By Micah Moen
[birds chirping, water flowing] [music] Plants require several things to grow.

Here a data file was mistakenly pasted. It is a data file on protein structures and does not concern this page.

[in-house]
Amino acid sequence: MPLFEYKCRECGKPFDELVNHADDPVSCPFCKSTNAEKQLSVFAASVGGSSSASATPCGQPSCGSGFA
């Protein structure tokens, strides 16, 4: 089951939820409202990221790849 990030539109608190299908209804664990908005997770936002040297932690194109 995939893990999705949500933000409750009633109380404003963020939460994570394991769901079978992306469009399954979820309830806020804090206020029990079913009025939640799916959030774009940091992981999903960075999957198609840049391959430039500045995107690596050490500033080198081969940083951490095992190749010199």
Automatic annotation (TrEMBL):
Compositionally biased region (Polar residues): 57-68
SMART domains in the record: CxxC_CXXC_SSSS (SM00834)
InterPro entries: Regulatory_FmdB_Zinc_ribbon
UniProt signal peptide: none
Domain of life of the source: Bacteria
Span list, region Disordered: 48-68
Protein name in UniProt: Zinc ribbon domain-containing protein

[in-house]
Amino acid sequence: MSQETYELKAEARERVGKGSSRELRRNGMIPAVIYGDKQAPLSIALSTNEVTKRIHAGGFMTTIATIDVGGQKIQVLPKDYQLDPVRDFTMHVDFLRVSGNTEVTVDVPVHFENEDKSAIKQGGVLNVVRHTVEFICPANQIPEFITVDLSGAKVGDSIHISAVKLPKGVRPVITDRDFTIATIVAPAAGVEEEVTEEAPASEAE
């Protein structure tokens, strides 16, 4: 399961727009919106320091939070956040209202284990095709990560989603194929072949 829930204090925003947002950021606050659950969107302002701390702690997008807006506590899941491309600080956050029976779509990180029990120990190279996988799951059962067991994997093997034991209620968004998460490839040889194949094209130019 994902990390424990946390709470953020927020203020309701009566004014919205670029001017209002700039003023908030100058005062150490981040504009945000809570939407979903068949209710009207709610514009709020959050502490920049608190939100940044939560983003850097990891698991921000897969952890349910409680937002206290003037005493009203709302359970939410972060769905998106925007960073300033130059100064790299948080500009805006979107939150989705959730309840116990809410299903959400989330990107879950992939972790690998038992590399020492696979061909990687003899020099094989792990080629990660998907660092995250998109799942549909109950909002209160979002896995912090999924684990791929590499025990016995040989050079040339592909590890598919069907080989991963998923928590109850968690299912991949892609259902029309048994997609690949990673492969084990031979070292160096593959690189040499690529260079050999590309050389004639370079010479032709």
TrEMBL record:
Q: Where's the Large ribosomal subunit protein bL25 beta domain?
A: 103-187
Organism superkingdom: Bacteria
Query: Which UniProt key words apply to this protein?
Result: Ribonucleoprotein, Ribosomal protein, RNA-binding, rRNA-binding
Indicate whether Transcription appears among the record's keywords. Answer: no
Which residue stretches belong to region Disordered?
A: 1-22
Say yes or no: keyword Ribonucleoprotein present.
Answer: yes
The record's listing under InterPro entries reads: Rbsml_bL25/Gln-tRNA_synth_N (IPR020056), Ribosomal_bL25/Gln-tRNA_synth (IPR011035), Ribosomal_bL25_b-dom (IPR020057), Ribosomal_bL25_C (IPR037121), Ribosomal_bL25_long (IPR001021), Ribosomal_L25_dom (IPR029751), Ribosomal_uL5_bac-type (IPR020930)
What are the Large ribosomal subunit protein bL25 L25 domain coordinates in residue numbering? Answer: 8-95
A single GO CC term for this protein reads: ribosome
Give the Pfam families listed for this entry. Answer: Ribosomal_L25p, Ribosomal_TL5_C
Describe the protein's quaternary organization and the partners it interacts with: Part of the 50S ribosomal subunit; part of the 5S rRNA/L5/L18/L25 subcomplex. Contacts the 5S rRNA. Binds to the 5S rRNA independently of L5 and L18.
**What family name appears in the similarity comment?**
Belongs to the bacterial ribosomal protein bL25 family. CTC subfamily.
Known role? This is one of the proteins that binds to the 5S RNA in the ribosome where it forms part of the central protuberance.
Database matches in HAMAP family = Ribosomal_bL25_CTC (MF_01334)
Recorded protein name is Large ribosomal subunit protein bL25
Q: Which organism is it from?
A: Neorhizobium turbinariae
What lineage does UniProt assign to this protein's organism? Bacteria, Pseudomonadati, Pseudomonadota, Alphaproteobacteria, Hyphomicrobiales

Most of us know that they need things like water, sunlight, and CO2, but plants also need a variety of nutrients as well: things like nitrogen and phosphorus. Usually, plants will get all the required nutrients from the soil through their roots. But, when the soil is bad, or there’s been a lot of erosion or leaching, farmers–or even just people trying to make their lawns green–will put down something called “fertilizer.” What makes fertilizer so “fertile” is that it’s been enriched with these nutrients that the plants need–again, mostly fixed nitrogen and phosphorus. But plants aren’t the best at soaking up every last nutrient in the soil, and it’s also hard to gauge just how much fertilizer a field needs, as soil quality can vary drastically over short distances. To be safe, farmers will usually apply excess fertilizer to a given plot of land. Better safe than sorry, y’know? But, instead of staying in the soil for years, most of the excess nutrients will be carried away by the rain or other forms of irrigation. These nutrients mix with the water and find their way into bodies of water–like ponds, lakes, reservoirs, and even the oceans sometimes. With all these nutrients added, the algae, phytoplankton, and even plants in the water do the same thing the crops in the field do: they grow. Well, actually they *explode* in numbers. This is called an “algal bloom,” and entire lakes can become covered in layers of plant growth like this. To some, this might seem like a good thing. Plants are good for the environment, right? Well… not always. First off, this floating layer of algae forms basically an impenetrable roof on the water, not allowing sunlight through to the bottom of the lake. Without the presence of sunlight, all plants below the surface cannot partake in photosynthesis– You know–metabolize, make glucose, live, that sort of stuff? But, not even this is the bad part of it all. Many plants can store enough energy in their bodies to wait out these conditions. The real problem comes when all the nutrients are used up and the water can no longer support so much life. When this happens, the excess algae, phytoplankton, and plants die off and sink to the bottom of the body of water. Here, bacteria and other decomposers feast on the dead bodies in a chemical process of decay which consumes oxygen. Now, in a usual ecosystem the amount of dead matter is relatively constant, so oxygen levels stay relatively constant as well. But, when a bloom occurs, far more organic matter is ready to decompose, and so nearly all the oxygen in the water is used in the process of decomposition, and none is left for the animals living in the water. Without this, animals that use the dissolved oxygen to breathe (so, things like fish), can actually suffocate. This causes even more death, leading to more decomposition and more oxygen usage. Basically, at this point, a positive feedback loop has been created. It can take a body of water a very long time to recover, though each one is different, and recovery depends on a lot of things, like: how many nutrients leaked into the water, how big the body of water is, what organisms are present there, and so on. When this happens in lakes, native species can be suppressed and allow invasives to come in while the environment is still disturbed. If this happens in the ocean, the lack of oxygen can cause corals to bleach and possibly even die. All around, this can greatly damage many ecosystems and leads to a decrease in biodiversity globally. Nutrient-rich runoff can also be caused by things like clear-cutting (which releases the nutrients which were kept in the soil by the plants) or also by things like animal farms (where nutrient-rich waste materials can leak into local bodies of water). And that’s eutrophication, simply put! I hope you enjoyed the video and maybe think twice before using fertilizer or clearing a forest. If you want more people to see this video, give it a like, and if you want to see more videos like this, subscribe to this channel. I’ll be back next week with another one… Thanks! 🙂